Pictures and slides from the National Library of Bangkok and the Smud Khoi kindly provided by Mrs. Daphne Negus
(Click on each picture to enlarge

(article written by Daphne Negus)

With the opening up of travel and communications, and the expanding interest into the origin of felis catus, we now know that we can refer to a 'Siamese cat' and mean one that is silver blue (the Korat, or Si-Sawat) brown (the Copper or Thong-Daeng), or, as a precious recent discovery will show, any number of combinations of cat coats.

Because of the Western world, it is an established favorite, 'Siamese cat' will conjure up the vision of the light colored cat with the fabulous blue eyes, flaunting a magnificent matched set of ears and tail, face mask and high boots, in an ever-growing range of dilutes and combinations, breathtaking and fanciful. The Original 'Siamese Cat' was Seal Pointed, as presented in the ancient CAT BOOK POEMS (Tamra Maew) (circa 1350-1767), the SMUD KHOI OF CATS (circa 1868-1910) and a possibly more recent book known as THE BOOK OF THE CAT (Characteristics of Siamese cats). Howere in none of these is the Seal Pointed cat given top billing. Other cats appear to have been more popular judging by the number of times they were depicted in the ancient books; in the more recent books, the Seal Pointed appears 7th & 8th, whereas the Copper is shown 2nd and 3rd and the Korat is 3rd and 5th in each book respectively.

Cats are no more an object of nationwide adoration in Thailand than in any other country. There, as elsewhere, a roomful of people will contain some who are sensitive to the needs of animals - or none, as I discovered when I visited Bangkok in the Fall of 1968 in search of Korats. My adventures netted nine - an auspicious number. Cats appear frequently in Thai art. An unknown cat lover - perhaps more than one, judging by differences in styles - has left such a treasury of delight, only recently "discovered".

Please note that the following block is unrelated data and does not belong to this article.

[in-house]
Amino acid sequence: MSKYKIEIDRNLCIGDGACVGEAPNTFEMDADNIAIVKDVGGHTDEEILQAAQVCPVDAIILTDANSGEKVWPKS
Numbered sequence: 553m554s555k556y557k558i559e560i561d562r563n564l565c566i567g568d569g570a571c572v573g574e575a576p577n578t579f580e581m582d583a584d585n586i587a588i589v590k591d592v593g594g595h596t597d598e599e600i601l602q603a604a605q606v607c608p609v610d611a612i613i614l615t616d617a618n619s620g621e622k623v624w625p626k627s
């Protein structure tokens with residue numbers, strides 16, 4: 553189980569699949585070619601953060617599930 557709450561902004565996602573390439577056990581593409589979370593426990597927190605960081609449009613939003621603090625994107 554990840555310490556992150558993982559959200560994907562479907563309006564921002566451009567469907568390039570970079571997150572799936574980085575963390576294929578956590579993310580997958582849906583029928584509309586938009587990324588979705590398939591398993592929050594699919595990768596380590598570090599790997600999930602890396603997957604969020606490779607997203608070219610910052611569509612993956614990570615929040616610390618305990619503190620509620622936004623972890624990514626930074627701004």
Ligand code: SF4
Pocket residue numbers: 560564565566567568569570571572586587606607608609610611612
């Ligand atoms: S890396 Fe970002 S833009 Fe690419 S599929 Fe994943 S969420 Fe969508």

I was told there was "a book about cats" in Bangkok's National Library. When I went to see it, the doorman said there was no such book. I went next door to the National Museum and photographed "The Smud Khoi of Cats" hanging in a high glass case alongside "The Smud Khoi of Anatomy".

Khoi is a special kind of handmade paper. A book (sah-moot) of those days was folded, not bound. A high ranking priest, Somdej Phra Buddhacharn Buddhasarmahathera, painted the Cat Ms. when commissioned to do so by King Rama V, Somdey Phra Paramindr Maha Chulakorn adored animals. He is credited with having named the Korat cat. He held a full State funeral when a favorite cat died and many personages - willingly or not - found it prudent to be among the mourners, in full regalia and with suitable pomp and sympathy.

The Priest's paintings are said (by the Fine Arts Department of the Thai Ministry of Education Archeology Department) to be copies of the CAT-BOOK POEMS, probably the oldest known manuscript devoted to cats. Reportedly kept under lock and key (the Library custodian I saw apparently didn't even know they existed) these old manuscripts are known to have originated in the years when the capital of Thailand (which was Siam until June 24, 1939) was Ayudhya, to the north of the present day capital, Bangkok.

Ayudhya was Siam's capital for 417 years (three dynasties and 33 kings) and was finally a glorious, opulent city of more than a million persons.This rich center of palaces, temples, and libraries was razed to the ground by the Burmese on April 7, 1767. Nearly all books and records were burned. However, a few treasures were brought south to safety, among them books about cats, dogs and birds, and, although the identity of the artists who created these books will never be known, their work remains to give us knowledge and pleasure in the joy of their observations afforded them, in color and verse.